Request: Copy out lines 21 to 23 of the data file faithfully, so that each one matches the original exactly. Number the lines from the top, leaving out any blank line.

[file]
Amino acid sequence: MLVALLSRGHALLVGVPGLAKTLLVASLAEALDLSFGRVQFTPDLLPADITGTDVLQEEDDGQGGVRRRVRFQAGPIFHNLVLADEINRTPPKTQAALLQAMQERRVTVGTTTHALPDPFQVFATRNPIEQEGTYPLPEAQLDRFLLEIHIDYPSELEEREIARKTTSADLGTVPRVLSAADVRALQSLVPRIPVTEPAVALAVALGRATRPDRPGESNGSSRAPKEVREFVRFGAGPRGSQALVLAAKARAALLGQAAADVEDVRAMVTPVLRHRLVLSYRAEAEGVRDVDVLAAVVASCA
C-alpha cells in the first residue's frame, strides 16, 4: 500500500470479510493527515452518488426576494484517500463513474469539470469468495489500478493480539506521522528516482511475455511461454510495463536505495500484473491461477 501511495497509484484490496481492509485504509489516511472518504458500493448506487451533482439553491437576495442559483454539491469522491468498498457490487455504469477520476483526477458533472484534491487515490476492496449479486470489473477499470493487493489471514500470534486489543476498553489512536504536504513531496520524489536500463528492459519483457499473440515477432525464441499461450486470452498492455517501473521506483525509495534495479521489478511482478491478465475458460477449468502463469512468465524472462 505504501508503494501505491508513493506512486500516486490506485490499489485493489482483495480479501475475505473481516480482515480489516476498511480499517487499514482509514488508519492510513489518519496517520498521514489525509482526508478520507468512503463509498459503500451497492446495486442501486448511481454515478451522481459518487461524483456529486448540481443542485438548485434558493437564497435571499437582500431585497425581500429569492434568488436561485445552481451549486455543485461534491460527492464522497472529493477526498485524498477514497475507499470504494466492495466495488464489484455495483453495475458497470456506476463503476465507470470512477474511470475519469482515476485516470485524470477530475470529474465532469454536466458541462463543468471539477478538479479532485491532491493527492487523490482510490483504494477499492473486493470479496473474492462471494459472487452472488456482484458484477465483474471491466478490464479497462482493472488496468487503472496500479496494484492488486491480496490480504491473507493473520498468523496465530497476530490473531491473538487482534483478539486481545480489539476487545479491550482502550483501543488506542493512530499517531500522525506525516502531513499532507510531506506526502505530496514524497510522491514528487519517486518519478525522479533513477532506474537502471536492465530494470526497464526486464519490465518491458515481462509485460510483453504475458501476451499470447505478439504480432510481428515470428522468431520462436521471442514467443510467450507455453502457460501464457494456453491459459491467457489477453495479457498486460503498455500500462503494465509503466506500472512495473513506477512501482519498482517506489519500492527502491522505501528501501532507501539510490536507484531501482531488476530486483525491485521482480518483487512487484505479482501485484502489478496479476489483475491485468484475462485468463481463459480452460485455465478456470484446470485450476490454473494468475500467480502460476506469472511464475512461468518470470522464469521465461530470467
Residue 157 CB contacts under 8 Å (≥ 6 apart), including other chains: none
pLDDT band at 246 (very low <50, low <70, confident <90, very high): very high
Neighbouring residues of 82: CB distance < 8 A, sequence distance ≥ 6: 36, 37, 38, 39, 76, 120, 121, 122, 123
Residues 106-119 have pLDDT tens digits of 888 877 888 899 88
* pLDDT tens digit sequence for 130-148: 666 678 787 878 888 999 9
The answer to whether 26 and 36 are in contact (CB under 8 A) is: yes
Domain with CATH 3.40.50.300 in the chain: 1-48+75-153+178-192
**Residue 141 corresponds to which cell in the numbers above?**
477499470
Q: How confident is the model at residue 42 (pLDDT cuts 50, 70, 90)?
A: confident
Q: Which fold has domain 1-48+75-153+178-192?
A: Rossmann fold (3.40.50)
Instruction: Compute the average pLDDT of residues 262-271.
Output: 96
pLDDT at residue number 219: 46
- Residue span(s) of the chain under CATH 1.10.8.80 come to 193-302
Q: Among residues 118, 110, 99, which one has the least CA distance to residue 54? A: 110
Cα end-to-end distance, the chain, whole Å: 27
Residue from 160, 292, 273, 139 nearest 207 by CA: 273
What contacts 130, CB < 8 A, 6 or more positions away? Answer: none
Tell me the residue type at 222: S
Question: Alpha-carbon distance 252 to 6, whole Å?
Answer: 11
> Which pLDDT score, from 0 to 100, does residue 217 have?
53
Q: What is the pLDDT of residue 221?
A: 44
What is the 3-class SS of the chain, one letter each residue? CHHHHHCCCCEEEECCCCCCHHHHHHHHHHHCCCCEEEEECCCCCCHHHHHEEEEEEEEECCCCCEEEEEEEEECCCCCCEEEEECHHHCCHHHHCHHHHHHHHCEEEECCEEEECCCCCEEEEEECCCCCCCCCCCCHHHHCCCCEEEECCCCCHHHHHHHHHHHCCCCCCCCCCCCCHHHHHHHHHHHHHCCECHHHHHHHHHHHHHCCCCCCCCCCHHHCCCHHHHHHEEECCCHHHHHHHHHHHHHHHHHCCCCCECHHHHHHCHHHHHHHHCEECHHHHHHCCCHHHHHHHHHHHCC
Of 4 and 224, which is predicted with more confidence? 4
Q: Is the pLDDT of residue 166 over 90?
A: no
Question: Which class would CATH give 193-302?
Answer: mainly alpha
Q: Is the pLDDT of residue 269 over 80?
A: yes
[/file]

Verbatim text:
Cα end-to-end distance, the chain, whole Å: 27
Residue from 160, 292, 273, 139 nearest 207 by CA: 273
What contacts 130, CB < 8 A, 6 or more positions away? Answer: none